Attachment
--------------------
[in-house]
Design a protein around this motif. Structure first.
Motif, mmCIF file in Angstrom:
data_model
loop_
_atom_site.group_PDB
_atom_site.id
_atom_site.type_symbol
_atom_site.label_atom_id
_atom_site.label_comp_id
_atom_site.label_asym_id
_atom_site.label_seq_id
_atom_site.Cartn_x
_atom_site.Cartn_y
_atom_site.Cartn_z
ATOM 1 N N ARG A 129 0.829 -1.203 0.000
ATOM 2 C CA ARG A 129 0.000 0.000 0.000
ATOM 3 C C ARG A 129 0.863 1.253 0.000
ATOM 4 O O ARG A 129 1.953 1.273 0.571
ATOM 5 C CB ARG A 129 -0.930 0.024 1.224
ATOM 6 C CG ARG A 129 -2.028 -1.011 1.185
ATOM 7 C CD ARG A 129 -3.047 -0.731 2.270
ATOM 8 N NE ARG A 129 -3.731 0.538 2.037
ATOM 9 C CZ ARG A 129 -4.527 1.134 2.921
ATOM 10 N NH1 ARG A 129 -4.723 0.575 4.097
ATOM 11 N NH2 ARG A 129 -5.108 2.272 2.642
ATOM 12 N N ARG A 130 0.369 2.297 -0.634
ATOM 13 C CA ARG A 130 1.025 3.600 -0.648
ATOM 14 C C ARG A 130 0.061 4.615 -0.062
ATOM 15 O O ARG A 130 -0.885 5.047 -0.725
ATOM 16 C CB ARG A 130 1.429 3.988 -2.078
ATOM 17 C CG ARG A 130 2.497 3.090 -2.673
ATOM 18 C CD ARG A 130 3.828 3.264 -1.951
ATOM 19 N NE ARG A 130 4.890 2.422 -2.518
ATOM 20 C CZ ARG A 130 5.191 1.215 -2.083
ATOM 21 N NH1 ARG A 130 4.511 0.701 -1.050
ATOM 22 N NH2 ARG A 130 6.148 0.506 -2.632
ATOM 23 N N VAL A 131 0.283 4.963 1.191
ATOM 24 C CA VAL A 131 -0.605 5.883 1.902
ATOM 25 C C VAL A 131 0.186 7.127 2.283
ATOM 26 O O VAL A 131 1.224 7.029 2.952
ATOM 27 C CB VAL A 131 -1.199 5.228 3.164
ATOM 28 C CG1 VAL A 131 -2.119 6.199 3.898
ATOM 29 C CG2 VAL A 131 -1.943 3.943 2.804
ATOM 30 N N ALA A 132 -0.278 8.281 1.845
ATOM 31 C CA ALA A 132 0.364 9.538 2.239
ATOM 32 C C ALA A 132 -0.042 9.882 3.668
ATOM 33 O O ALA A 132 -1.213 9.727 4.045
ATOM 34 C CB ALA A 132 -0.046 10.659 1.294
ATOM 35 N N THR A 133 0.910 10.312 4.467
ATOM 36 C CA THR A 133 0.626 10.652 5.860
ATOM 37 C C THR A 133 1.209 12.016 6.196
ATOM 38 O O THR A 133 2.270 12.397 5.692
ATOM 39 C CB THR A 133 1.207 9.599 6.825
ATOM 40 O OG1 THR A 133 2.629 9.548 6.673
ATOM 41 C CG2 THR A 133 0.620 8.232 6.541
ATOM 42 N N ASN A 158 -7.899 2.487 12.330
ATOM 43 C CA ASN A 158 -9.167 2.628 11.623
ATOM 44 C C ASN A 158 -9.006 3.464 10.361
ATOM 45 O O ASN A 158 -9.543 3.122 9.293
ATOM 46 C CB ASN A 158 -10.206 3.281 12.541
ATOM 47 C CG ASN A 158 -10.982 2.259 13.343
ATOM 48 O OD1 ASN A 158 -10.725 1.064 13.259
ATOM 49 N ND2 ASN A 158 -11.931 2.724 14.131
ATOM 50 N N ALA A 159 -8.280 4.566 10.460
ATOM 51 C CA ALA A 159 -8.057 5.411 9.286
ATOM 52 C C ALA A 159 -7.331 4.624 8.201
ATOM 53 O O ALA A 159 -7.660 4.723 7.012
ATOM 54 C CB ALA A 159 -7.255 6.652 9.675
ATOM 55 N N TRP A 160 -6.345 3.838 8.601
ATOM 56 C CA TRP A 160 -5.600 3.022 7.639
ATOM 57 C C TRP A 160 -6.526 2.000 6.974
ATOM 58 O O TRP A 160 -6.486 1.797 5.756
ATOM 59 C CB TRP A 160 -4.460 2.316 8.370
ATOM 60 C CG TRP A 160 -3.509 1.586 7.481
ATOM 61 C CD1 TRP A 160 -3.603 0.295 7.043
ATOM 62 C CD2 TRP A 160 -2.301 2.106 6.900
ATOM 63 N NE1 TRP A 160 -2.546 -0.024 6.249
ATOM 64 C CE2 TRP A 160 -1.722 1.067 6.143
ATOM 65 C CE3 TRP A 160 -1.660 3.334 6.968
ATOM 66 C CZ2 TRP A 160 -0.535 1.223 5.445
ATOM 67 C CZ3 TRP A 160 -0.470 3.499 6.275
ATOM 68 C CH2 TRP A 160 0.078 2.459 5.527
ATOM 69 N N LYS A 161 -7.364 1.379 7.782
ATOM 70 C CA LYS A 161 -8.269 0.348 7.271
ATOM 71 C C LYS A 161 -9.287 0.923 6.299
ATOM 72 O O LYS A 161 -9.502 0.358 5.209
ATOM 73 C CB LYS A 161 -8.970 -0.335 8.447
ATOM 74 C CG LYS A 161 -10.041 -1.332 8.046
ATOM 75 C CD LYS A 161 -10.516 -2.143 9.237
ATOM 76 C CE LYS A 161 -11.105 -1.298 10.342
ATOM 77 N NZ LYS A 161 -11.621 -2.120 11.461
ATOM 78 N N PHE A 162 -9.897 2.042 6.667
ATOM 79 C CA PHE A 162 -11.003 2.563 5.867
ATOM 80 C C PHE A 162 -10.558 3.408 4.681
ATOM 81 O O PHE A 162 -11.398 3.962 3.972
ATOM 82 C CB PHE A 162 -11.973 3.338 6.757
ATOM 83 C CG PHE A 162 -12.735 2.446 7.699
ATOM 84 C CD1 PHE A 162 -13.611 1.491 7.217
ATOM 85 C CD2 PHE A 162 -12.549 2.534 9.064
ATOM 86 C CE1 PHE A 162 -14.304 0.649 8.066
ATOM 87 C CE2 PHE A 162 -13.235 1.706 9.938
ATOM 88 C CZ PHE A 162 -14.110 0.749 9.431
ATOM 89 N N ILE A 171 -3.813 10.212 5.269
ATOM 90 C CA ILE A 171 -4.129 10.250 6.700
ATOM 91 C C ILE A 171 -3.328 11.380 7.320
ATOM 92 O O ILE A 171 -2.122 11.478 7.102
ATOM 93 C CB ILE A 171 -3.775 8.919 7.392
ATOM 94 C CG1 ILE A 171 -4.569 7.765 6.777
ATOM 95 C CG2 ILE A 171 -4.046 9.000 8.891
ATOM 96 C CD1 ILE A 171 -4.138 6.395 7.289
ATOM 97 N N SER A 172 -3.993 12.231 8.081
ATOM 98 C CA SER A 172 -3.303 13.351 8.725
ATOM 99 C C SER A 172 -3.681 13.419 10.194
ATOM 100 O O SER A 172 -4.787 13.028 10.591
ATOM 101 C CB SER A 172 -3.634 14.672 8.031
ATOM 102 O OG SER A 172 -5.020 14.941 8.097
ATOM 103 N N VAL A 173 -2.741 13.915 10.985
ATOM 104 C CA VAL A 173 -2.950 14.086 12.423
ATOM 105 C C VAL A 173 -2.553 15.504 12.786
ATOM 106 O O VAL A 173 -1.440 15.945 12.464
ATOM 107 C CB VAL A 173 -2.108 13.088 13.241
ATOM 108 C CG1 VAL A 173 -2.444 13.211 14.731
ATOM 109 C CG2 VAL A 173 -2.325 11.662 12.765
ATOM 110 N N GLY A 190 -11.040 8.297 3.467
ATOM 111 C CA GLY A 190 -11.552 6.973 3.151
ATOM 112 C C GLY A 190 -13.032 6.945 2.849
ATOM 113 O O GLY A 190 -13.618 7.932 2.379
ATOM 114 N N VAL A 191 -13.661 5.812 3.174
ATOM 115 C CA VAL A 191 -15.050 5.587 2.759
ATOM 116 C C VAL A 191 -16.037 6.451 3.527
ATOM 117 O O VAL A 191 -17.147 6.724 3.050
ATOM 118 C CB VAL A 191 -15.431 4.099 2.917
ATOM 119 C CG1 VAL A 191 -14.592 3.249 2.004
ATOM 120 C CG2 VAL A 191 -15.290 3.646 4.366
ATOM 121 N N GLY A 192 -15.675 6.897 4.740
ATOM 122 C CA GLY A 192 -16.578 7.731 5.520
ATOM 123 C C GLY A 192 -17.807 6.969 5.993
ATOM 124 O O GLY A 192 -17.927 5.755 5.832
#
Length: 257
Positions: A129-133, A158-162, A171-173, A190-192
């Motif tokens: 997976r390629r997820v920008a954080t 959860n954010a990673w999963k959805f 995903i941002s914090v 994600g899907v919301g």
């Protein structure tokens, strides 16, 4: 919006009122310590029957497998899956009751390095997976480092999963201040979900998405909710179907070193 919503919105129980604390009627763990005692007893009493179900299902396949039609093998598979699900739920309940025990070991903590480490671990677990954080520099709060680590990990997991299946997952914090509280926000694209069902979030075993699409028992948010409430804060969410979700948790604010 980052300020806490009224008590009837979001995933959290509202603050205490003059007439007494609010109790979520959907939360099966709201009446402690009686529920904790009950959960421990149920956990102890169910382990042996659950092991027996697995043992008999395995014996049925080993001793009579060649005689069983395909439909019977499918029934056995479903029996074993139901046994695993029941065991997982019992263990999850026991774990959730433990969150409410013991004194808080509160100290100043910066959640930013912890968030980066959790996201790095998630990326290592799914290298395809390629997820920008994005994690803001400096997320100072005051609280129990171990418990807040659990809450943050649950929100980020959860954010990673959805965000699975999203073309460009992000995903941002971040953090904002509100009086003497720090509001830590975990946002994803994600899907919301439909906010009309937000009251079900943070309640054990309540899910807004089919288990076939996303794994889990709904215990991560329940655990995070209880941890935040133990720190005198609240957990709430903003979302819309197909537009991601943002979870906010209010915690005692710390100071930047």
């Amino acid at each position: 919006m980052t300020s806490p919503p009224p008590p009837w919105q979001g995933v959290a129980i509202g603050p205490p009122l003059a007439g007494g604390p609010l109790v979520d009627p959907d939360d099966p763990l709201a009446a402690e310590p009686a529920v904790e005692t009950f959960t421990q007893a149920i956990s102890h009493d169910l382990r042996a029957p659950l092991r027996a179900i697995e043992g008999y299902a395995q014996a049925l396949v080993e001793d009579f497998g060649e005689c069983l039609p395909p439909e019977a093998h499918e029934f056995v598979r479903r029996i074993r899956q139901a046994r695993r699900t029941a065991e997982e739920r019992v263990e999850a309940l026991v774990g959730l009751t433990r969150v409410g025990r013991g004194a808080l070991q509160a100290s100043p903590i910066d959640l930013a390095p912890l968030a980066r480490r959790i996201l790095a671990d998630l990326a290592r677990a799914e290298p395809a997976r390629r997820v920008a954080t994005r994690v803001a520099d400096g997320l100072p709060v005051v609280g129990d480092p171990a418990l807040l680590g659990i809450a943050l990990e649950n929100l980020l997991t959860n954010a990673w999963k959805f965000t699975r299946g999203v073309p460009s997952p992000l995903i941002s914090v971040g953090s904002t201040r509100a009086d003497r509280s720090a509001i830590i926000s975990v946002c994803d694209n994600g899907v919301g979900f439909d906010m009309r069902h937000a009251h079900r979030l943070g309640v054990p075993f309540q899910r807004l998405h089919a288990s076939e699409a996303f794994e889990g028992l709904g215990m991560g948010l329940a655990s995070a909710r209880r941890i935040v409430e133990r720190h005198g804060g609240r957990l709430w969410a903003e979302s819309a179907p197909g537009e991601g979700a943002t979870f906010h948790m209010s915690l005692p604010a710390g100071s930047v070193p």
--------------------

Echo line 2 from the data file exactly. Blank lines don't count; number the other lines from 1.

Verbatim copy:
Design a protein around this motif. Structure first.